People, Power, and the Politics of the 2023 Financial Bill

By Imali Ngusale


The odyssey of broadening the Kenyan tax net has been met with uproar and rage owing to the hauling proposals in the Financial Bill 2023.

The Bill has so far been declared as one of the most contentious levies in Kenya by CSOs representatives and some Members of Parliament

“The 2023 Financial Bill is a vicious attempt to turn Kenyans into paupers,” said Robert Mbui, the National Assembly Deputy Minority Leader.

Members from the Civil Society Parliamentary Engagement Network (CSPEN) in Kenya also took a deep dive on the Bill and noted with concern that the Bill had some contentious clauses.

To begin with, the Bill seeks to increase the P.A.Y.E (Pay As You Earn) tax rate from 30% to 35% on anyone earning above KES 6,000, 000 per annum. This essentially means that anyone earning above Kshs 500,000 or USD 5000 per month will have to part with 35% of their income

Additionally, every Kenyan will have to contribute 3% of their salary income towards affordable housing.

For every 3% an employee contributes, the employer will be required by law to save an extra 3%. This means that it will be expensive for employers to increase the number of employees as they will have to pay 3% for each, should the Bill be enacted to law.

Speaking at the CSPEN review of the Financial Bill at the Norfolk Hotel in Nairobi, Cuba Ngondi from International Budget Partnership (IBP) said “If the government is going to increase the taxes on its citizens it should at least tighten its expenditure belt by reducing unnecessary cost,”

In his view, the Kenyan government needs to cut costs before increasing employee taxes. Cuba also underscored that there are unaccounted expenses that make it challenging to blindly consent to the sincerity of the government.

With the same breadth, Evans Juma from the Institute of Certified Public Accountants of Kenya (ICPAK) said that “The government must operate within the confines of the  national budget and available resources.”

Juman noted that Kenya has a colossal fiscal deficit of approximately Kshs 768 Billion.

“This fiscal deficit,” said Juma” Must be funded either through borrowing or increasing taxes for more revenue,”

Juma however noted that with increased VAT of 16% on petroleum products the economy is bound to suffer a serious beating particularly because the other sectors of the economy are dependent on it.

Retrospective of this view, the cost of transport, manufacturing, tourism, health, and aviation is bound to escalate because of the ripple effect of fuel prices. Additionally, the aforementioned sectors may also be swollen in terms of their contribution to the overall GDP.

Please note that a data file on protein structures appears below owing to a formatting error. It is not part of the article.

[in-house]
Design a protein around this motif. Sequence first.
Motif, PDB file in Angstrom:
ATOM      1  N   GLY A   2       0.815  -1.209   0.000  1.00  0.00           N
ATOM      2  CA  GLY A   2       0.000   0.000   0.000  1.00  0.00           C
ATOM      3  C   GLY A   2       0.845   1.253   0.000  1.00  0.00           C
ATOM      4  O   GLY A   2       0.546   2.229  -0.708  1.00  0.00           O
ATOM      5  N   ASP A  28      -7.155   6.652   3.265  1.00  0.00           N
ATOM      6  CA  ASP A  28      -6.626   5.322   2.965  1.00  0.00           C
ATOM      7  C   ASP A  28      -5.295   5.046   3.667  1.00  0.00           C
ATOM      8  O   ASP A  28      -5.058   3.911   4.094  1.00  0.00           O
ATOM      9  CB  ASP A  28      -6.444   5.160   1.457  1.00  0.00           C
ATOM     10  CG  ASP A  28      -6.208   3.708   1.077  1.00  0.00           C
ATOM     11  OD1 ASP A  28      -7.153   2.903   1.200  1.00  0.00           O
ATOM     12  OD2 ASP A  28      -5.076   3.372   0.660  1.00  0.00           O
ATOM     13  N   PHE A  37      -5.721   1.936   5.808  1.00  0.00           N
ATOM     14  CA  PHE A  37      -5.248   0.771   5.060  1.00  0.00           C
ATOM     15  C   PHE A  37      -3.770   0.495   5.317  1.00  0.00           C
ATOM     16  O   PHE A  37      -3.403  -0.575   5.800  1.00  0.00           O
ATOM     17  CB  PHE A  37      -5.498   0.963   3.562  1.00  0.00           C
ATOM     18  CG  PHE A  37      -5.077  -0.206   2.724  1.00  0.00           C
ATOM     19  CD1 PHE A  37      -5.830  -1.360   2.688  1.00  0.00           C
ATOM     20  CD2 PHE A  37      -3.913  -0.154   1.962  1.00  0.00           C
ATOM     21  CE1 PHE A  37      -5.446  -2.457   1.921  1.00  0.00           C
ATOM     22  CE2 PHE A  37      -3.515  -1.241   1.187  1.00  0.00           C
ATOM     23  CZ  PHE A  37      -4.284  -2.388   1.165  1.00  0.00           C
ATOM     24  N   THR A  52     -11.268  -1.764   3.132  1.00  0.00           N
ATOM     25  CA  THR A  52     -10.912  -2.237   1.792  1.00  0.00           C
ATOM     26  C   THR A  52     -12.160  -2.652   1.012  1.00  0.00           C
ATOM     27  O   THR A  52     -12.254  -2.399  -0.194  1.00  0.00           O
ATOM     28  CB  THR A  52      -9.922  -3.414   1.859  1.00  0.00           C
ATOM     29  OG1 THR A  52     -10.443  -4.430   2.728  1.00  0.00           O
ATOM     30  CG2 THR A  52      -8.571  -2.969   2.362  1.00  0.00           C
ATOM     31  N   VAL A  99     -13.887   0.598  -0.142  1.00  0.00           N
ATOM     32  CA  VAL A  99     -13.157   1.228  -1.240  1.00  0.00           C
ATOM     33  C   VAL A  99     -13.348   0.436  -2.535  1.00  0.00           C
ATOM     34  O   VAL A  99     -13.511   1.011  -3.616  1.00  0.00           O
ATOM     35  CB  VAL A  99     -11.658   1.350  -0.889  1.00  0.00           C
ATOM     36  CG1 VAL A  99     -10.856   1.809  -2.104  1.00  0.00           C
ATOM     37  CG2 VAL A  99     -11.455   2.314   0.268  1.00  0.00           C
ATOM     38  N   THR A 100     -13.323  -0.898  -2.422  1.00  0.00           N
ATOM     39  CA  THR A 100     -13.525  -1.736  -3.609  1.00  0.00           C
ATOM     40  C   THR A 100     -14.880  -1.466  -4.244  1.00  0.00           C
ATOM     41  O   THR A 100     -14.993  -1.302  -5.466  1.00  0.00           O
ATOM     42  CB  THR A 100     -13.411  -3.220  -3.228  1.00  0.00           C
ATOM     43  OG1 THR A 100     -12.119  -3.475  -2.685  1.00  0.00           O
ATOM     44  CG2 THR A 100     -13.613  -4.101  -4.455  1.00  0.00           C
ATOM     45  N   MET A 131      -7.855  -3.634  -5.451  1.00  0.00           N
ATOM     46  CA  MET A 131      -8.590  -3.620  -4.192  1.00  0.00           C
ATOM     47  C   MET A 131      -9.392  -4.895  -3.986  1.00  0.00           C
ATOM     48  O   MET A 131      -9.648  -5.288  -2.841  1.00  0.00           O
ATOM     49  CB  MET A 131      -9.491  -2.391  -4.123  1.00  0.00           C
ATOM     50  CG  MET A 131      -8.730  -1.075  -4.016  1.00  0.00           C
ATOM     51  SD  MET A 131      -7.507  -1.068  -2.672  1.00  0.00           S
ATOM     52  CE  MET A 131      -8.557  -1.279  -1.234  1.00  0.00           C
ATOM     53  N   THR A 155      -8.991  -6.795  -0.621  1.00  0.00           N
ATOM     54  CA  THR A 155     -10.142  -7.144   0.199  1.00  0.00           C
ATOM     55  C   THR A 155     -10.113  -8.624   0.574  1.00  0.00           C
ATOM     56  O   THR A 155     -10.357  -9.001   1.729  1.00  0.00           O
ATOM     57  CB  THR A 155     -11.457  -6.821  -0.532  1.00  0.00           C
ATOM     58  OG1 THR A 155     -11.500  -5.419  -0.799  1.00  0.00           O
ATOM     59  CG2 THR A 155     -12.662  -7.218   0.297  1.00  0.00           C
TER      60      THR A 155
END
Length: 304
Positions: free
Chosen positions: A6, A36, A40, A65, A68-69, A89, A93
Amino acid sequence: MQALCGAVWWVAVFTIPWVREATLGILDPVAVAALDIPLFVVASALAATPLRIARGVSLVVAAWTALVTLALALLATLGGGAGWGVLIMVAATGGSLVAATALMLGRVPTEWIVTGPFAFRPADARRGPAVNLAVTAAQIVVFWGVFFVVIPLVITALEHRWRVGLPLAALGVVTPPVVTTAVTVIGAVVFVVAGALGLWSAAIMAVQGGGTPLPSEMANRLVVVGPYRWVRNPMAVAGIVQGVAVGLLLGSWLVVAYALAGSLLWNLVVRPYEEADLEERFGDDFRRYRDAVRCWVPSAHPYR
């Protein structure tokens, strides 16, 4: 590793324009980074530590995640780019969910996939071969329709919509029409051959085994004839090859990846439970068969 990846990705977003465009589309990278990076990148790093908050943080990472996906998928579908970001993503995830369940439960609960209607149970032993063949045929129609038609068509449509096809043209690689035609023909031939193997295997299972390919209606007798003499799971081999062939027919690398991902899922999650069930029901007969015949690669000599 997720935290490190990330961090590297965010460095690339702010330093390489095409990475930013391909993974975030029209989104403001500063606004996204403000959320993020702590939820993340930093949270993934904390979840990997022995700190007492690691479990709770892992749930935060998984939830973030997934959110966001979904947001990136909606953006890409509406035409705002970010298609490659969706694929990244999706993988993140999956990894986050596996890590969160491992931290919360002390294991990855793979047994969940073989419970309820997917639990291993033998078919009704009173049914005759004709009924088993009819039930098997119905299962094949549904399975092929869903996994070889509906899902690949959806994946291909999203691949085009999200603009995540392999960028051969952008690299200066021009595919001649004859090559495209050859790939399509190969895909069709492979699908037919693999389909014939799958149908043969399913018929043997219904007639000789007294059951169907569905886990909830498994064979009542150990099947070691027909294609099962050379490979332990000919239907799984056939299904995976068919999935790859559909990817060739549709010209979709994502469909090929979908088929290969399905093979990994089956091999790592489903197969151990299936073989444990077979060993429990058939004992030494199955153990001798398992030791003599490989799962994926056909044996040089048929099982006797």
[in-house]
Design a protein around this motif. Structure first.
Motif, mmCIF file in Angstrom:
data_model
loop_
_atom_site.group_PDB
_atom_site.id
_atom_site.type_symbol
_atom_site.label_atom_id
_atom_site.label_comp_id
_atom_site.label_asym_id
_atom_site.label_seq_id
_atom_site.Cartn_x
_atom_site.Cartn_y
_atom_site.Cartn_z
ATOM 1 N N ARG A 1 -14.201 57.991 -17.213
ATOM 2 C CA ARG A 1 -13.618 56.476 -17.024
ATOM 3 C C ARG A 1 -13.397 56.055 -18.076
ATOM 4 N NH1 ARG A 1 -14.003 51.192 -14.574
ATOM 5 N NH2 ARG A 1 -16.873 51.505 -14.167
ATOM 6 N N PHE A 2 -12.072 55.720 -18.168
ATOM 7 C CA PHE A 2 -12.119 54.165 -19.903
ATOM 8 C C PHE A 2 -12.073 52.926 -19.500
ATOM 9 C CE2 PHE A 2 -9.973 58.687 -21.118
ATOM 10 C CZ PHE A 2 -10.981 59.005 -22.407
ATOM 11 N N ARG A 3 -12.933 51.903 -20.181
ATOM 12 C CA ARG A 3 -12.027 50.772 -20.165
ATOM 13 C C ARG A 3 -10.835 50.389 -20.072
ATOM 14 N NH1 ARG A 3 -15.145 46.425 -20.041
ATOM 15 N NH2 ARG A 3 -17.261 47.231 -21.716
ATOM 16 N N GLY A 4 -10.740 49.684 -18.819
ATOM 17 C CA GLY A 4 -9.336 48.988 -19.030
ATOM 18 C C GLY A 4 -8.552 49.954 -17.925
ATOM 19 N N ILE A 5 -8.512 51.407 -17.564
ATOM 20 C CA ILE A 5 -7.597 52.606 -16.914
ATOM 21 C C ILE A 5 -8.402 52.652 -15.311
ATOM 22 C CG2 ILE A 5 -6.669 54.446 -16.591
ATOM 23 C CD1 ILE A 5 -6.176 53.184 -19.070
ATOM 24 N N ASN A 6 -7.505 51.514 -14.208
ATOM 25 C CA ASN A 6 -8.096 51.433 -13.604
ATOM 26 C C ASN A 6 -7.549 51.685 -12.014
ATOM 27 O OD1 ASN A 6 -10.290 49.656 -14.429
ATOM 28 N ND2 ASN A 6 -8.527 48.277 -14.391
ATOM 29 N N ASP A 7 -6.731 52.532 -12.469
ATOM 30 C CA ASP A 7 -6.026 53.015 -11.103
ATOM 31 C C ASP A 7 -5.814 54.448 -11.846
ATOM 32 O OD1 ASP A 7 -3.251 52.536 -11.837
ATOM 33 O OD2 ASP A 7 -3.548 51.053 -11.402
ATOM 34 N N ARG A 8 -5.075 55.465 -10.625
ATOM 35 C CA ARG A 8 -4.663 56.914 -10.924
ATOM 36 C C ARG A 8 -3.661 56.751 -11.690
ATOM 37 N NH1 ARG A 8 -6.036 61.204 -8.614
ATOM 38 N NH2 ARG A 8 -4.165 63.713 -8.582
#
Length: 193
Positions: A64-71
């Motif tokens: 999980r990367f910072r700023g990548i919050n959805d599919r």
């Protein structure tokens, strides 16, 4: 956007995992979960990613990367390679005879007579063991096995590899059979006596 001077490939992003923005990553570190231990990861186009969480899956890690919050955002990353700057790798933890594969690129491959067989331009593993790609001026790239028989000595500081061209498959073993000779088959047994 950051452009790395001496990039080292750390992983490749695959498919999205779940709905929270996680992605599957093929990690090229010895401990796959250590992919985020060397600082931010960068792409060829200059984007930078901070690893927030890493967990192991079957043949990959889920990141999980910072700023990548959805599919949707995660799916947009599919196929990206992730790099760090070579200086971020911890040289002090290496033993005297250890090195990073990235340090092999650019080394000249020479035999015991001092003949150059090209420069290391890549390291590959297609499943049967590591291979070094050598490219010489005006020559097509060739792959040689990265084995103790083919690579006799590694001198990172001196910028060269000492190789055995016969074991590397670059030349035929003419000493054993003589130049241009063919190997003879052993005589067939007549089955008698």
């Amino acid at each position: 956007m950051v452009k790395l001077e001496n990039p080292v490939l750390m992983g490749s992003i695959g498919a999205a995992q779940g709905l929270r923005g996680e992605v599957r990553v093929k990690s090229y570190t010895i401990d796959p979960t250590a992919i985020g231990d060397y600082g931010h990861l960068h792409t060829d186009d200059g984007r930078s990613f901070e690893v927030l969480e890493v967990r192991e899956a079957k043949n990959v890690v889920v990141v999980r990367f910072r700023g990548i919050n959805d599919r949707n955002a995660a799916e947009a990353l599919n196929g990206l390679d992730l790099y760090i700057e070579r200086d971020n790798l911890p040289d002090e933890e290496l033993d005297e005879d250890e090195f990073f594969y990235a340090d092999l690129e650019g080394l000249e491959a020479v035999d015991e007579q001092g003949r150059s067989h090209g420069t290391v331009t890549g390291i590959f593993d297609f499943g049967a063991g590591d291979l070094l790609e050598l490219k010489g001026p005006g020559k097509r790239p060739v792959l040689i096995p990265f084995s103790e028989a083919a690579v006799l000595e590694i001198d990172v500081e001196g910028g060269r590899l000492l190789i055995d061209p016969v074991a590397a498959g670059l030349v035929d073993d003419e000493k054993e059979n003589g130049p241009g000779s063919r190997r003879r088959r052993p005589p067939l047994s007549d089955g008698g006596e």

Juma also argued that Kenya’s debt repayment obligations have made it mandatory for the government to fast charge on the consolidated funds.

He however cautioned the government to put in place robust measures that would increase revenue generation, reduce expenditure and improve service delivery but not harm the already highly taxed citizens.

This notwithstanding, Gitonga Wambere from Mzalendo Trust, said that he believes the Finacial Bill sought to stabilize the economy.

Wambere insisted, “The Bill is necessary, however stated that it needed to have austerity measures that are feasible and realistic”

Arguably, it seems that austerity in Kenya seems to come at a very hefty price because the Financial bill also seeks to increase the excise duty on betting and gaming from 7.5% to 20%.

In particular, the Bill seeks to increase tax on gaming, lottery, prize competition, gambling, or similar transaction under the Betting, Lotteries, and Gaming Act need to be remitted within 24 hours.

Additionally, the Bill seeks to amend Clause 2(b) on Digital Content monetization, which literally means that cryptocurrencies may also not be spared.

The Bill seeks to amend the Digital Asset Tax to include advertisements on websites, social media platforms, or similar networks by partnering with brands including endorsements from sellers of such brands, sponsorship, affiliate marketing, subscription services, content creation, and crowdfunding.

But perhaps what is most antagonistic is that the Digital Asset Tax seeks to increase duty on digital transfers like Mpesa to the bank and vice versa charges.

If the Kenya Kwanza government accepts the 2023 Financial Bill without heeding to the people’s voice, then the opposition may have new tricks to play power politics in one of Africa’s most expensive countries to live in.